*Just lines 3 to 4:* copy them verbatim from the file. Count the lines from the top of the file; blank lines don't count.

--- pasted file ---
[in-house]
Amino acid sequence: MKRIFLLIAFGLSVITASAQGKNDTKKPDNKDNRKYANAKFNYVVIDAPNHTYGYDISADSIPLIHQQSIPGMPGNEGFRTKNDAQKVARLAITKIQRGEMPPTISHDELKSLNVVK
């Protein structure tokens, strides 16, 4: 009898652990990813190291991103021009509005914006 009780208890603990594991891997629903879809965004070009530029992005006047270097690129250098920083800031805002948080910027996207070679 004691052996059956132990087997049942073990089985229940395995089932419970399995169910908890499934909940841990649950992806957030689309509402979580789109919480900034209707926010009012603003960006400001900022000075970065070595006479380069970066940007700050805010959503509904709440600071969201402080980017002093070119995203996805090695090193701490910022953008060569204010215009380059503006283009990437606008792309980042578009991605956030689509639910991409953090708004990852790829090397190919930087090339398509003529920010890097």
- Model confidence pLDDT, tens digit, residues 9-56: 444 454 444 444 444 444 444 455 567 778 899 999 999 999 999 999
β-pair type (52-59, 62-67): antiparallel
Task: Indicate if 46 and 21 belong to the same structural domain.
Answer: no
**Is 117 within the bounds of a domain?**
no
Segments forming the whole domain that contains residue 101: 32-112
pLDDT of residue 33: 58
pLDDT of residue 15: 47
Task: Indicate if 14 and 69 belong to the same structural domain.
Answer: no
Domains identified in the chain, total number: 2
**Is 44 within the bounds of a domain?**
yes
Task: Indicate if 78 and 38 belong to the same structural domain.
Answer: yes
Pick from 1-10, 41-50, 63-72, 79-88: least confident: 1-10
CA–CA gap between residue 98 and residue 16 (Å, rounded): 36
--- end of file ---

């Protein structure tokens, strides 16, 4: 009898652990990813190291991103021009509005914006 009780208890603990594991891997629903879809965004070009530029992005006047270097690129250098920083800031805002948080910027996207070679 004691052996059956132990087997049942073990089985229940395995089932419970399995169910908890499934909940841990649950992806957030689309509402979580789109919480900034209707926010009012603003960006400001900022000075970065070595006479380069970066940007700050805010959503509904709440600071969201402080980017002093070119995203996805090695090193701490910022953008060569204010215009380059503006283009990437606008792309980042578009991605956030689509639910991409953090708004990852790829090397190919930087090339398509003529920010890097």
- Model confidence pLDDT, tens digit, residues 9-56: 444 454 444 444 444 444 444 455 567 778 899 999 999 999 999 999